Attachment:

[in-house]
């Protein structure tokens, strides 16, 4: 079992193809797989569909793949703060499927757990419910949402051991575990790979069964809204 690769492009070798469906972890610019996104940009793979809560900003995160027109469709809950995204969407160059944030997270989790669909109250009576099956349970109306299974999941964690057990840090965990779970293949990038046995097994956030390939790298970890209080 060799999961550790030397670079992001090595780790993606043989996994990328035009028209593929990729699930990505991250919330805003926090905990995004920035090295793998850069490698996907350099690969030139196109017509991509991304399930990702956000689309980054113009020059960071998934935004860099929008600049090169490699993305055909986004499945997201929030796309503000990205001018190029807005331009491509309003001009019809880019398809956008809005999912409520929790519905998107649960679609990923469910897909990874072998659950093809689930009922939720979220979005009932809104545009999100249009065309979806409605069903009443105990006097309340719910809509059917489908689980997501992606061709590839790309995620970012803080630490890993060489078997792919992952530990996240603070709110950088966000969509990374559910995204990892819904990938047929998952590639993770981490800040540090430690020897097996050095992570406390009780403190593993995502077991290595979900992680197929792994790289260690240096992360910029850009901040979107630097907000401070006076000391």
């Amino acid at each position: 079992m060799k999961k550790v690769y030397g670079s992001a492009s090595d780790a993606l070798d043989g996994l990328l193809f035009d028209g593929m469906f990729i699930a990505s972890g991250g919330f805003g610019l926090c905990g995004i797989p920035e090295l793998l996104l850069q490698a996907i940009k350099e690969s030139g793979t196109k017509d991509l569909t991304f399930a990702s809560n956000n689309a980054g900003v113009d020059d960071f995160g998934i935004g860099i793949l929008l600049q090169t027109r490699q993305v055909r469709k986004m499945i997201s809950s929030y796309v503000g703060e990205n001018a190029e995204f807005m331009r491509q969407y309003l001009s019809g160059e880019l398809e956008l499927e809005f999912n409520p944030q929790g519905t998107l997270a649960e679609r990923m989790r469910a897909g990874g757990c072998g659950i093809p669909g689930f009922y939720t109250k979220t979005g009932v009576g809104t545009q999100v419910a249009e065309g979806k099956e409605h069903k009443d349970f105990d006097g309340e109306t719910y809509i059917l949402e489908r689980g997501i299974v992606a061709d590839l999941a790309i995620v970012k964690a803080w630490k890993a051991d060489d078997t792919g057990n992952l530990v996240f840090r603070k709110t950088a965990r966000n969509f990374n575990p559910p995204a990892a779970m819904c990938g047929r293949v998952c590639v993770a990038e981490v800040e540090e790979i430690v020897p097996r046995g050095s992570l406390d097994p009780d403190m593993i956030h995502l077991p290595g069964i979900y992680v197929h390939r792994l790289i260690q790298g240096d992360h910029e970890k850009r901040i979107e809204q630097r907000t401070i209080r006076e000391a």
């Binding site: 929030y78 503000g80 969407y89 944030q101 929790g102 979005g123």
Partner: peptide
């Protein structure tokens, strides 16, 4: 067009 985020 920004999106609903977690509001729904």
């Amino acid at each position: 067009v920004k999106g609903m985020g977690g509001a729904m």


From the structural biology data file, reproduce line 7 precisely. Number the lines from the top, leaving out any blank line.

């Amino acid at each position: 067009v920004k999106g609903m985020g977690g509001a729904m």